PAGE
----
Forklift Safety

This course covers basic forklift operating procedures to enhance forklift safety and prevent common accidents. It includes information on various types of forklifts used in general industry, construction, and warehouse environments, along with OSHA’s general industry standards (29 CFR 1910.178) and best practices for operating powered industrial trucks.

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Course Details

Learning Objectives

By the end of this course, you will be able to:

  • Differentiate between handling a forklift and an average automobile
  • Identify the most common forklift accidents
  • Describe steps for refueling
  • Describe steps for recharging batteries
  • Describe the center of gravity and stability triangle
  • Describe load capacity and load center
  • Describe forklift pre-operation inspections
  • Identify safety guidelines and best practices for forklift operation

Specs

Course Level Intermediate
Languages English, Spanish, Arabic, Portuguese, Chinese, Dutch, French, German, Italian, Japanese, Korean, Tamil, Polish, Russian, Swedish, Thai, Czech
Compatibility Audio, Video
Based on: 29 CFR 1910.178: Powered Industrial Trucks Recognized industry best practices Content contribution by Frederick "Rick" Heath: industry expert on material handling equipment, Principal of Heath & Associates

Author

Vector Solutions

With over two decades of experience designing advanced 3D animated courseware and developing our proprietary learning management software, we pride ourselves by having developed over 1,000 safety and operations training modules, which have helped train over 250,000 workers worldwide. Our highly experienced team provides the industry with a simple and high-quality means of training their workforce. Whether your team consists of 25 people or an enterprise with thousands, we’re here to help.

Course Applies To

Key Questions

Are there any forklift-specific OSHA regs?

Yes, specific OSHA regulations for forklifts are detailed in 29 CFR 1910.178. These regulations cover operator training and certification, equipment maintenance and inspection, safe operating procedures, and the use of personal protective equipment (PPE). Adhering to these regulations is essential for ensuring workplace safety and compliance with OSHA standards.

Will I be a qualified forklift operator after watching this forklift safety video?

No. This video is full of helpful information that will get you on your way, but you must receive additional training, and your employer must determine that you’re “competent” before you can operate a forklift at work.

What are some unique aspects of forklifts that can make them hazardous to operate?

Forklifts are heavy, can be unstable, have rear-wheel steering, utilize potentially dangerous fuel/power sources, and carry loads.

Can any forklift work safely in any environment?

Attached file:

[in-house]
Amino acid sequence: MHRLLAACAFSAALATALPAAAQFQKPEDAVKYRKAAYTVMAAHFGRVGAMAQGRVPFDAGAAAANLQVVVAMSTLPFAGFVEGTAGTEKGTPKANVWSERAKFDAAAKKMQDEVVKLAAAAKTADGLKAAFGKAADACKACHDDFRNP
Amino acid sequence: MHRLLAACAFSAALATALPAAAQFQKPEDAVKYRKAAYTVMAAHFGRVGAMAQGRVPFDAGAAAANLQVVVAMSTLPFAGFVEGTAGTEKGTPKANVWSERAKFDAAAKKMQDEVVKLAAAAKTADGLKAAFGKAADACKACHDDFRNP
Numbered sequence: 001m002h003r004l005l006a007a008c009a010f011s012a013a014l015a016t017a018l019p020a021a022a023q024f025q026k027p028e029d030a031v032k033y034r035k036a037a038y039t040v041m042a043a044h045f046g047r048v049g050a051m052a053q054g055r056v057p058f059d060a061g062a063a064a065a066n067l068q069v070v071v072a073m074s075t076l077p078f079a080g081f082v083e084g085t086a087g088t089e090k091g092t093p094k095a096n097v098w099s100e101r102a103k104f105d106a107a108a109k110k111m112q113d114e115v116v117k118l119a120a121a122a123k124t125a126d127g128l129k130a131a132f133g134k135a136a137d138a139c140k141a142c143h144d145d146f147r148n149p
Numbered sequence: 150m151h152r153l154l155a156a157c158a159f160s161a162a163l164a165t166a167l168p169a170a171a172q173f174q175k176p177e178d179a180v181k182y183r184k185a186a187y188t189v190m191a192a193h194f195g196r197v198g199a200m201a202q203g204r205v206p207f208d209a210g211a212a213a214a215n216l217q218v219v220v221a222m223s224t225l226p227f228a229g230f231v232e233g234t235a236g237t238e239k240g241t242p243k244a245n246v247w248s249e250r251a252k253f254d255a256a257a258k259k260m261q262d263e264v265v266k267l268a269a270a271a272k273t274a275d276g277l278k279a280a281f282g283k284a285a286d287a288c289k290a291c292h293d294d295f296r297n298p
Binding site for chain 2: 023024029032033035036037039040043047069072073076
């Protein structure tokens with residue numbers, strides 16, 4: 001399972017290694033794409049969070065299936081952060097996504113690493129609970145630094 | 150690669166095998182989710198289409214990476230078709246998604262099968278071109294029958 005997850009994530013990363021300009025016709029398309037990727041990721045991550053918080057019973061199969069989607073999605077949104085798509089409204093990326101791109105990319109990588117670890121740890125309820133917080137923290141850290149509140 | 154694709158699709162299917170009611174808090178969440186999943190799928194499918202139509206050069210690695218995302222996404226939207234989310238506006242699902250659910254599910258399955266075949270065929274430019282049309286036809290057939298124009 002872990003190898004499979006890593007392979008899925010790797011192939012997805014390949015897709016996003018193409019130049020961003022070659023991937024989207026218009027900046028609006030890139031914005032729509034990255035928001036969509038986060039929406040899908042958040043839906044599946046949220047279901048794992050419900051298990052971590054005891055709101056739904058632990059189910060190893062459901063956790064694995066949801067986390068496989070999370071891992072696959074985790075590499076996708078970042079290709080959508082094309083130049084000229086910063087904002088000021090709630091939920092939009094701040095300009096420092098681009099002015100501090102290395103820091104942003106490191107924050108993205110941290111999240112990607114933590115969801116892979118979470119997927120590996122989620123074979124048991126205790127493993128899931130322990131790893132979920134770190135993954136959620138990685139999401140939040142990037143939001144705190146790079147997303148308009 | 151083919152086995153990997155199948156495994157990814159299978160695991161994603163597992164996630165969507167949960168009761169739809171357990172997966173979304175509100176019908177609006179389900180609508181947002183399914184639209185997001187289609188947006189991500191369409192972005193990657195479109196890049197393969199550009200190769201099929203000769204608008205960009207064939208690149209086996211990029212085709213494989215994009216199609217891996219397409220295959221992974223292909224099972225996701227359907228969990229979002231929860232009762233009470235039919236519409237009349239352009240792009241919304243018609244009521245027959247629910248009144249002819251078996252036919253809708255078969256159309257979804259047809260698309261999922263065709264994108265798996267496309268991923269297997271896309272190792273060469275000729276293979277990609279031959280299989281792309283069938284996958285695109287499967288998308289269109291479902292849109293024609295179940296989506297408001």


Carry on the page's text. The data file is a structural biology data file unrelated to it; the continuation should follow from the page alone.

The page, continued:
No. Verify the forklift’s hazardous location designation to ensure safe operation in flammable, combustible, or poisonous atmospheres.

Why is it important to pay attention to the forklift's center of gravity?

Knowing where the center of gravity is, and keeping it where it should be, can help prevent instability and accidents.

What is the "stability triangle?"

The stability triangle is a way to think about the forklift’s center of gravity and forklift stability. If the forklift’s center of gravity is kept within the stability triangle, then the lift and its load will be stable (and not prone to tip).

What are some factors that influence the stability of a forklift and its stability triangle?
  • Load weight
  • Load balance
  • Load height
  • Inclined or uneven surfaces
  • Momentum
Is it necessary to perform an inspection before operating a forklift?

Yes, perform inspections, with the engine off and with the engine on.

What should a forklift operator do if the forklift is rolling over or if items are falling onto the forklift?

The forklift’s rollover guard is built to withstand heavy impacts, so it’s best to stay in the cab and not jump out.

Sample Video Transcript

A stable forklift has a center of gravity that is low and close to the middle of the forklift, well within the Stability Triangle. Here are the factors that affect the center of gravity: Load weight is a major factor. As load weight increases, the center of gravity moves toward the load. Load balance affects the side-to-side location of the center of gravity. A load that is not centered will move the center of gravity to the side where the load is heavier. Load height is also a big influence on stability. The higher a load is raised, the more unstable the truck becomes. With a load raised high, it may only take a small bump, a slight turn, or a quick stop, to tip over the forklift. Inclined or uneven surfaces move the center of gravity in the direction of the downward slope. Momentum has a great influence on the truck when it is in motion. Acceleration will move the center of gravity toward the rear of the truck, and deceleration, such as when braking, will move the center of gravity toward the load. Turning will move the center of gravity toward the outside of the turn; the faster a turn is taken, the more unstable a truck becomes.

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